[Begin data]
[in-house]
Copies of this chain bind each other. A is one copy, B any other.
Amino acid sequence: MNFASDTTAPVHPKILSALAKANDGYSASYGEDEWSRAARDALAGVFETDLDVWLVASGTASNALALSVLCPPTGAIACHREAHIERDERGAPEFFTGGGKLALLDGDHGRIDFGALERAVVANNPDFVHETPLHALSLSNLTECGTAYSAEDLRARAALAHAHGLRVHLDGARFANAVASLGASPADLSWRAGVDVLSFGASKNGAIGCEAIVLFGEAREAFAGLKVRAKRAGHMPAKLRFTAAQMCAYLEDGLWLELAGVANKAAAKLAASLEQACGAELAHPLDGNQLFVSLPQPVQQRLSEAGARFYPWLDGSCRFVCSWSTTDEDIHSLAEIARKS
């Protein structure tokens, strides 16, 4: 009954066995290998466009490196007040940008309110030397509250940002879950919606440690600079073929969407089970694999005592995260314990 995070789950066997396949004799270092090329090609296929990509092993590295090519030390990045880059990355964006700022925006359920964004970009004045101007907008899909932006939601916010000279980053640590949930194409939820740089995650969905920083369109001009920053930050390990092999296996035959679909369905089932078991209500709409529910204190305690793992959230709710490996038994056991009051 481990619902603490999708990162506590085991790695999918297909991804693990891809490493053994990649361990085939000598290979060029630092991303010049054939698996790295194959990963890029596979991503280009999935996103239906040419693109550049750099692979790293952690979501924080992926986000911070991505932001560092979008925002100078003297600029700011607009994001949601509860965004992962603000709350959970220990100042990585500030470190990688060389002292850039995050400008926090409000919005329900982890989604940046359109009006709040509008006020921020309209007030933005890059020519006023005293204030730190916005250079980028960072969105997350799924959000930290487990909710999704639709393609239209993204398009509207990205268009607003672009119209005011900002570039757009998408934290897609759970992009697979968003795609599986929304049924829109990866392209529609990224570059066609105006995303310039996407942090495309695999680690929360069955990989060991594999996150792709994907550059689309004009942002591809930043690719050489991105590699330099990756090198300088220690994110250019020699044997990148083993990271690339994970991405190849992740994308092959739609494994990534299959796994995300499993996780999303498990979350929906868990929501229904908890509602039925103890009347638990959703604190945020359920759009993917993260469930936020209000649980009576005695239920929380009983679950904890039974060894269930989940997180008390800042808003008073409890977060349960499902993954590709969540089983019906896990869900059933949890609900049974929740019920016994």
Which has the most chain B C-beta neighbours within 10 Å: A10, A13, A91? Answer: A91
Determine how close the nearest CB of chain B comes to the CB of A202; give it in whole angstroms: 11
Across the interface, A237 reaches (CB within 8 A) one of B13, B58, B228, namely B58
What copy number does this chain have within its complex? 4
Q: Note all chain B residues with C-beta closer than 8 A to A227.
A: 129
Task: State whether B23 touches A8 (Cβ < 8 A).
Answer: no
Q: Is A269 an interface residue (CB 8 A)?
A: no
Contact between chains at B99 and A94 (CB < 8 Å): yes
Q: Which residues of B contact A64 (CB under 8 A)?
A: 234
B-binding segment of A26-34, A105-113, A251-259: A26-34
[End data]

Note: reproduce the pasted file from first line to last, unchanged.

[in-house]
Copies of this chain bind each other. A is one copy, B any other.
Amino acid sequence: MNFASDTTAPVHPKILSALAKANDGYSASYGEDEWSRAARDALAGVFETDLDVWLVASGTASNALALSVLCPPTGAIACHREAHIERDERGAPEFFTGGGKLALLDGDHGRIDFGALERAVVANNPDFVHETPLHALSLSNLTECGTAYSAEDLRARAALAHAHGLRVHLDGARFANAVASLGASPADLSWRAGVDVLSFGASKNGAIGCEAIVLFGEAREAFAGLKVRAKRAGHMPAKLRFTAAQMCAYLEDGLWLELAGVANKAAAKLAASLEQACGAELAHPLDGNQLFVSLPQPVQQRLSEAGARFYPWLDGSCRFVCSWSTTDEDIHSLAEIARKS
């Protein structure tokens, strides 16, 4: 009954066995290998466009490196007040940008309110030397509250940002879950919606440690600079073929969407089970694999005592995260314990 995070789950066997396949004799270092090329090609296929990509092993590295090519030390990045880059990355964006700022925006359920964004970009004045101007907008899909932006939601916010000279980053640590949930194409939820740089995650969905920083369109001009920053930050390990092999296996035959679909369905089932078991209500709409529910204190305690793992959230709710490996038994056991009051 481990619902603490999708990162506590085991790695999918297909991804693990891809490493053994990649361990085939000598290979060029630092991303010049054939698996790295194959990963890029596979991503280009999935996103239906040419693109550049750099692979790293952690979501924080992926986000911070991505932001560092979008925002100078003297600029700011607009994001949601509860965004992962603000709350959970220990100042990585500030470190990688060389002292850039995050400008926090409000919005329900982890989604940046359109009006709040509008006020921020309209007030933005890059020519006023005293204030730190916005250079980028960072969105997350799924959000930290487990909710999704639709393609239209993204398009509207990205268009607003672009119209005011900002570039757009998408934290897609759970992009697979968003795609599986929304049924829109990866392209529609990224570059066609105006995303310039996407942090495309695999680690929360069955990989060991594999996150792709994907550059689309004009942002591809930043690719050489991105590699330099990756090198300088220690994110250019020699044997990148083993990271690339994970991405190849992740994308092959739609494994990534299959796994995300499993996780999303498990979350929906868990929501229904908890509602039925103890009347638990959703604190945020359920759009993917993260469930936020209000649980009576005695239920929380009983679950904890039974060894269930989940997180008390800042808003008073409890977060349960499902993954590709969540089983019906896990869900059933949890609900049974929740019920016994």
Which has the most chain B C-beta neighbours within 10 Å: A10, A13, A91? Answer: A91
Determine how close the nearest CB of chain B comes to the CB of A202; give it in whole angstroms: 11
Across the interface, A237 reaches (CB within 8 A) one of B13, B58, B228, namely B58
What copy number does this chain have within its complex? 4
Q: Note all chain B residues with C-beta closer than 8 A to A227.
A: 129
Task: State whether B23 touches A8 (Cβ < 8 A).
Answer: no
Q: Is A269 an interface residue (CB 8 A)?
A: no
Contact between chains at B99 and A94 (CB < 8 Å): yes
Q: Which residues of B contact A64 (CB under 8 A)?
A: 234
B-binding segment of A26-34, A105-113, A251-259: A26-34